What is the Extensor Hallucis Longus?

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  • Written By: Meshell Powell
  • Edited By: Jacob Harkins
  • Last Modified Date: 03 October 2019
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The extensor hallucis longus is a muscle that is located in the foot that assists with a specific type of movement, known as inversion. This muscle actually begins near the fibula and extends downward into the foot. In addition to allowing the foot to be turned inward, some of the other specific functions of the muscle are to help in the extension of the big toe as well as to allow the foot to move in such a direction as to have the toes pointing toward the leg.

There is only one muscle in the human body that is able to pull back, or extend, the big toe. This muscle is the extensor hallucis longus and it begins along the innermost surface of the front part of the fibula. The fibula is also popularly referred to as the calf bone. The muscle travels downward from the fibula into the foot, finally reaching its end at the big toe.

Dorsiflexion is the term given when this muscle causes the foot to move in an upward direction. Inversion is when the foot is moved in an inward, sideways direction. Besides extending the big toe, both dorsiflexion and inversion are made possible by the extensor hallucis longus.


The nerve supply to the muscle is provided by the peroneal nerve. This nerve is also known as the fibular nerve and it extends from the lower portion of the leg into the foot. It also provides the nerve supply to each of the toes.

Each of the movements made possible by the use of the extensor hallucis longus is important. However, one particular function of this muscle is most noticeable, as it aids in ambulation, or the ability to walk. This function is most important when walking up any type of step, particularly groups of stairs. The muscle allows the big toe to move in an upward direction in such a way that the foot is able to clear each individual stair during climbing.

Exercises such as toe raises are often beneficial in strengthening the extensor hallucis longus muscle. Shin stretches are also used to aid in its movement. When this muscle becomes weak, or if the surrounding tendons become injured or inflamed, medical attention is often required. A medical professional who specializes in sports medicine is often the best equipped to treat these specific types of injuries.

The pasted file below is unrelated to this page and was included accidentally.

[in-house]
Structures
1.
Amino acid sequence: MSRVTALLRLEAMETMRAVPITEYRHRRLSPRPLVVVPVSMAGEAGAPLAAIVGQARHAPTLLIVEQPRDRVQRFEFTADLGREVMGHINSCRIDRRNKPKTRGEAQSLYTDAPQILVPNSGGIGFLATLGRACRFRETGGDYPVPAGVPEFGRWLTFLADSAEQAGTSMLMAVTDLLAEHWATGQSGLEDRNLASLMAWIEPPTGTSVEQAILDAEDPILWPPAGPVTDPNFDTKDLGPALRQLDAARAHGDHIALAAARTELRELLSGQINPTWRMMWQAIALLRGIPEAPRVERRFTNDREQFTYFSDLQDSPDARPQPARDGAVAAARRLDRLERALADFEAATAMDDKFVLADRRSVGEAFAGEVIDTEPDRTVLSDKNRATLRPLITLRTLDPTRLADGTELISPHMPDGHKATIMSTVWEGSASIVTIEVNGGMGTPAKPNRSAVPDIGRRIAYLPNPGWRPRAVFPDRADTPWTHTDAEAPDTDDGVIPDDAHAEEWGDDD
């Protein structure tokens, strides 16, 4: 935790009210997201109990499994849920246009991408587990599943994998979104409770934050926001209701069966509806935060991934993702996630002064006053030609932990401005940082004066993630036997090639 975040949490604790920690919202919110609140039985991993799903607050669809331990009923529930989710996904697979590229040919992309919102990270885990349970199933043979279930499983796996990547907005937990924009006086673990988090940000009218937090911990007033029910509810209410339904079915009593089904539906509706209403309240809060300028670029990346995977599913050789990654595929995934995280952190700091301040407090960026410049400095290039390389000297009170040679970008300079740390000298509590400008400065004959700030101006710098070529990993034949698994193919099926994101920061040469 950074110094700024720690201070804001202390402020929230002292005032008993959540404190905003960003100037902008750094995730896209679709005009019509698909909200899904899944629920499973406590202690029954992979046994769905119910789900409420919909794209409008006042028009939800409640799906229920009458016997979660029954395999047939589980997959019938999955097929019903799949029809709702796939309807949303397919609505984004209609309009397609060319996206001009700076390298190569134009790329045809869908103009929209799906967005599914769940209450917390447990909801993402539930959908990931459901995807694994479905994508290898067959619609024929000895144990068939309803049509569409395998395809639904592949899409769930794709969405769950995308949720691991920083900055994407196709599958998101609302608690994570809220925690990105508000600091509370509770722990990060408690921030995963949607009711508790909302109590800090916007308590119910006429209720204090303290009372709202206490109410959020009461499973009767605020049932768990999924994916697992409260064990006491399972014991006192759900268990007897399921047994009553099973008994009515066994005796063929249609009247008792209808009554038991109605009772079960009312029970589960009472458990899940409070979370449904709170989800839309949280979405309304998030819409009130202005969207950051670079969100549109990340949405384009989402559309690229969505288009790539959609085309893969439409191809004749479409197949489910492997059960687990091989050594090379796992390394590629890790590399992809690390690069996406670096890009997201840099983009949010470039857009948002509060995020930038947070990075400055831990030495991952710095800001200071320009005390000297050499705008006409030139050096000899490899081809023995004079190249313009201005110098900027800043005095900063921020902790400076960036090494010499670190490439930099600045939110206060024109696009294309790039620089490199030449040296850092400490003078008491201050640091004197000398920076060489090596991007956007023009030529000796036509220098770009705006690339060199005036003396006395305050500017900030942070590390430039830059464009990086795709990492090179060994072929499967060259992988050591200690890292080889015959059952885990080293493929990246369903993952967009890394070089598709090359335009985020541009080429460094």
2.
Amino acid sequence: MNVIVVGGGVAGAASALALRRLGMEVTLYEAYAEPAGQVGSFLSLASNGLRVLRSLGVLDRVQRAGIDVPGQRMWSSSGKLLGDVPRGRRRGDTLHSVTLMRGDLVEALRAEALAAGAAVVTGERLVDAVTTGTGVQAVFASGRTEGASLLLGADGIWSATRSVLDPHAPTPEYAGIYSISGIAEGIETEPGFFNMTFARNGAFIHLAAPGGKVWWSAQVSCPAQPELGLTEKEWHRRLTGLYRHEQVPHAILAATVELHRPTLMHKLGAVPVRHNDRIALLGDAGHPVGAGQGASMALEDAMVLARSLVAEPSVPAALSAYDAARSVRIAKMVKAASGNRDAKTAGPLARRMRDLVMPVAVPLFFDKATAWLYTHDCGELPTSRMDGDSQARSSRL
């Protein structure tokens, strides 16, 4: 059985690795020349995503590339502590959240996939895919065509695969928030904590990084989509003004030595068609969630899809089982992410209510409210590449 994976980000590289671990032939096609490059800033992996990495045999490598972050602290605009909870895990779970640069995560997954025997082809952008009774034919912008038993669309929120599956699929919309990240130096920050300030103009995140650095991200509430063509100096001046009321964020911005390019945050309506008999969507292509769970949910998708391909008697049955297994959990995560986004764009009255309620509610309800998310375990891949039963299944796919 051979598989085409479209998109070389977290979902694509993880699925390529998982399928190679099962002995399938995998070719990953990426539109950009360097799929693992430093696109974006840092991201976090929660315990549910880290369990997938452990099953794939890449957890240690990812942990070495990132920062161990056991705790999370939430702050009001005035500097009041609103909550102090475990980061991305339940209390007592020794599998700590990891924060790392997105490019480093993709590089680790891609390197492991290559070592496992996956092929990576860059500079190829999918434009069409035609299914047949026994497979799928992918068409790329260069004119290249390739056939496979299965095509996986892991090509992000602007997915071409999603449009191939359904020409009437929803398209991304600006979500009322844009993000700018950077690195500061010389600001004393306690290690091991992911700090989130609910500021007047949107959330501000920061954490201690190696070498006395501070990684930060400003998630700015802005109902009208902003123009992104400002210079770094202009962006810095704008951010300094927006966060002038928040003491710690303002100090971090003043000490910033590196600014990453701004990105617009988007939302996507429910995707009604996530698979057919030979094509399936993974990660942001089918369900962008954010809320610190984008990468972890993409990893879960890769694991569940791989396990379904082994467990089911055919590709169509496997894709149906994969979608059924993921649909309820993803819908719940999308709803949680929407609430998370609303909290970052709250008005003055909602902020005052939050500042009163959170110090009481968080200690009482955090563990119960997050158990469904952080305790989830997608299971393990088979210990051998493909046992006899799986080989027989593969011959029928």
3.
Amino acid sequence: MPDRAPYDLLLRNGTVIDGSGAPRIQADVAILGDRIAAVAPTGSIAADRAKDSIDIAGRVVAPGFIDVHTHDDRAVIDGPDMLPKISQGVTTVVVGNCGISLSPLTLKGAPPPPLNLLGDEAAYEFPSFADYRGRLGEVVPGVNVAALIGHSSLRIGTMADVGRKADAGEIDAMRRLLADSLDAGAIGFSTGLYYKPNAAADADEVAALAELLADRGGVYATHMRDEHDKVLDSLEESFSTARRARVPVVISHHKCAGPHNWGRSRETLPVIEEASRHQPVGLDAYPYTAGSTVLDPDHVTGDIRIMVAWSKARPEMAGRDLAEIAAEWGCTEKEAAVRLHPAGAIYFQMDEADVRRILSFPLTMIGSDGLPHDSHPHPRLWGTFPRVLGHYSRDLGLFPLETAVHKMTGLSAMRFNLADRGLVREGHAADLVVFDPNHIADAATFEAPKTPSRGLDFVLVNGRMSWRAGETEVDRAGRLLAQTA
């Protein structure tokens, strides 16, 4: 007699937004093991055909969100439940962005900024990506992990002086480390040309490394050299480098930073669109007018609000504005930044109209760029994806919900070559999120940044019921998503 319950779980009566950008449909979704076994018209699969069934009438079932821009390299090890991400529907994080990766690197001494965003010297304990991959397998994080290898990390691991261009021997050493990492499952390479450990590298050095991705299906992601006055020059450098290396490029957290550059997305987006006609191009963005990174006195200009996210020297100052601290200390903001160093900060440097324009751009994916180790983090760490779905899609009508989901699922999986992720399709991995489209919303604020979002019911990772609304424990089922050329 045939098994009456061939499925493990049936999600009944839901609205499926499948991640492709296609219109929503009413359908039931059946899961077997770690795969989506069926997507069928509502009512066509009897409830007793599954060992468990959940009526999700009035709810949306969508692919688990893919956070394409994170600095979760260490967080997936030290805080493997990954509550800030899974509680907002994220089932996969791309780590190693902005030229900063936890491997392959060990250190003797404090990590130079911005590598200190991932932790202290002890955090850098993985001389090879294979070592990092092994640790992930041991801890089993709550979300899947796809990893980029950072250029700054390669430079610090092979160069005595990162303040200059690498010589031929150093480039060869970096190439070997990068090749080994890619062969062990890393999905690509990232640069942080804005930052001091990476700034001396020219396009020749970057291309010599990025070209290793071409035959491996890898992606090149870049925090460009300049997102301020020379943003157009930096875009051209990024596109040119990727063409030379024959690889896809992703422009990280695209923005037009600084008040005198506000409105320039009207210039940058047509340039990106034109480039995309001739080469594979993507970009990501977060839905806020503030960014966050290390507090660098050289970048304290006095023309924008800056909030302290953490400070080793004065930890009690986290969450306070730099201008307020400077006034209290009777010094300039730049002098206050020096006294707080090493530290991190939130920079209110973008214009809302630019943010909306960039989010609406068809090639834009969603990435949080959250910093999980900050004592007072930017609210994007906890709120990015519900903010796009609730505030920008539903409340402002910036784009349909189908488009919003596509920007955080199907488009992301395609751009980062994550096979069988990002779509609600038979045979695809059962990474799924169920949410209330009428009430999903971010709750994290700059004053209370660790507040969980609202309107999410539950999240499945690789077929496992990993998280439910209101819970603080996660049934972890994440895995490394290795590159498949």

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Post 5

I'm pretty sure I injured my extenson hacillus longus as I am unable to point my toes down (like a ballerina). It feels like electricity coming up my feet every time I stretch my foot forward or point my toe up. think my injury is due to overuse without the proper shoes. Does anyone know how long does it take to heal, or of any exercises I could do to make it heal faster?

Post 4

I guess I keep my extensor hallucis longus pretty busy. I am always catching myself tapping my feet to music, and every time I lift one up off the ground, this muscle is in action.

It's one of those things that you do without realizing most of the time. In my office, music is always playing over the speakers, and I have to move to it in some small way. My feet are the least noticeable part of me, because they can respond to it while under the desk.

I probably have a pretty well developed extensor hallucis longus. Seriously, sometimes I feel like I'm playing drums down there!

Post 3

I probably use my extensor hallucis longus more than most people, because I always catch myself turning my foot inward. Often, if I have to stand for a long period of time, I eventually notice that toes are pointed toward each other.

I have no idea why I do this. I must be built differently. It is way more comfortable for me to turn my foot that way than to point it outward.

Also, while sitting at my desk, I notice that I have my heels perched on the wheels of my chair and my feet pointing upward. I like feeling the flexion in my calves from this, and it's a subconscious stretch that I do.

Post 2

@OeKc05 – An extensor hallucis longus injury makes you appreciate the ability to move that toe. I never thought about this until I hurt my foot badly, and after that, it stayed on my mind quite a bit.

I was carrying a tire from my car to my husband's shed, and I dropped it right on top of my bare foot. The pain was so intense that I fell to my knees. A dark bruise developed in a few hours, and that area stayed sore for many months.

During my recovery period, I could not move my big toe without causing pain all the way through my foot. Climbing stairs suddenly became difficult, and I kept stubbing my toe on things that I normally wouldn't.

Post 1

While reading this article, I couldn't resist the urge to extend my big toe and feel the muscle flex. I could feel it all the way through my foot up into my leg!

I have never noticed before that moving my big toe involves the foot. It's one of those things you just don't think about until someone points it out to you, and then it seems amazing.

If you injured your foot, would you be unable to move your big toe? It stands to reason, since this muscle goes travels through the area.

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